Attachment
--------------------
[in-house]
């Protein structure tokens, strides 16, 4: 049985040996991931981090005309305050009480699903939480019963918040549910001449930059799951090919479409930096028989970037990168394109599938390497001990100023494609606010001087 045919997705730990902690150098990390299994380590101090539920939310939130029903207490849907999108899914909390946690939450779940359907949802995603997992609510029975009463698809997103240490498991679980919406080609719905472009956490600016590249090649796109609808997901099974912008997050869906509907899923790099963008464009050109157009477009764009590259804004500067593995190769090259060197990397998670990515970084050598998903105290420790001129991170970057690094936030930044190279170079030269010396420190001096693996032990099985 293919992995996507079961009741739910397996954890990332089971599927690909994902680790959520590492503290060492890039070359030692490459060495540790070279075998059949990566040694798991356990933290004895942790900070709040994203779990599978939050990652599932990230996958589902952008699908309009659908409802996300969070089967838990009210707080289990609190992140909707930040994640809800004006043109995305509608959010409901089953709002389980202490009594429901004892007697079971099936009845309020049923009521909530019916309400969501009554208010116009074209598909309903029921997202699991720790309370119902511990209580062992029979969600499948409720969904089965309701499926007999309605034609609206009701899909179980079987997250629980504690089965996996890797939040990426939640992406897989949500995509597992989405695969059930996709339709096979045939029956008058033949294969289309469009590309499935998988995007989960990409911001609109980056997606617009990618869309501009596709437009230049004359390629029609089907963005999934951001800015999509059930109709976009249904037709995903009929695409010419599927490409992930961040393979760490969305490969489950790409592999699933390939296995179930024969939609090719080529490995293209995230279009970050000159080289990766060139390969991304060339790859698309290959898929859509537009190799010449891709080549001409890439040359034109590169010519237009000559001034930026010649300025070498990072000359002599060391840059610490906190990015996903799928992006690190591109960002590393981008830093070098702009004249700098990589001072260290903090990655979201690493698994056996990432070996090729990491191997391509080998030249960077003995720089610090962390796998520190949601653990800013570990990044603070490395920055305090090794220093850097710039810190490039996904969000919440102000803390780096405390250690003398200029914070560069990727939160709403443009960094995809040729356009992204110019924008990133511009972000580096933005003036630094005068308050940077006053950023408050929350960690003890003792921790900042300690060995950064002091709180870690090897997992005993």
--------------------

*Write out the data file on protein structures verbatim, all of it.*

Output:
[in-house]
């Protein structure tokens, strides 16, 4: 049985040996991931981090005309305050009480699903939480019963918040549910001449930059799951090919479409930096028989970037990168394109599938390497001990100023494609606010001087 045919997705730990902690150098990390299994380590101090539920939310939130029903207490849907999108899914909390946690939450779940359907949802995603997992609510029975009463698809997103240490498991679980919406080609719905472009956490600016590249090649796109609808997901099974912008997050869906509907899923790099963008464009050109157009477009764009590259804004500067593995190769090259060197990397998670990515970084050598998903105290420790001129991170970057690094936030930044190279170079030269010396420190001096693996032990099985 293919992995996507079961009741739910397996954890990332089971599927690909994902680790959520590492503290060492890039070359030692490459060495540790070279075998059949990566040694798991356990933290004895942790900070709040994203779990599978939050990652599932990230996958589902952008699908309009659908409802996300969070089967838990009210707080289990609190992140909707930040994640809800004006043109995305509608959010409901089953709002389980202490009594429901004892007697079971099936009845309020049923009521909530019916309400969501009554208010116009074209598909309903029921997202699991720790309370119902511990209580062992029979969600499948409720969904089965309701499926007999309605034609609206009701899909179980079987997250629980504690089965996996890797939040990426939640992406897989949500995509597992989405695969059930996709339709096979045939029956008058033949294969289309469009590309499935998988995007989960990409911001609109980056997606617009990618869309501009596709437009230049004359390629029609089907963005999934951001800015999509059930109709976009249904037709995903009929695409010419599927490409992930961040393979760490969305490969489950790409592999699933390939296995179930024969939609090719080529490995293209995230279009970050000159080289990766060139390969991304060339790859698309290959898929859509537009190799010449891709080549001409890439040359034109590169010519237009000559001034930026010649300025070498990072000359002599060391840059610490906190990015996903799928992006690190591109960002590393981008830093070098702009004249700098990589001072260290903090990655979201690493698994056996990432070996090729990491191997391509080998030249960077003995720089610090962390796998520190949601653990800013570990990044603070490395920055305090090794220093850097710039810190490039996904969000919440102000803390780096405390250690003398200029914070560069990727939160709403443009960094995809040729356009992204110019924008990133511009972000580096933005003036630094005068308050940077006053950023408050929350960690003890003792921790900042300690060995950064002091709180870690090897997992005993």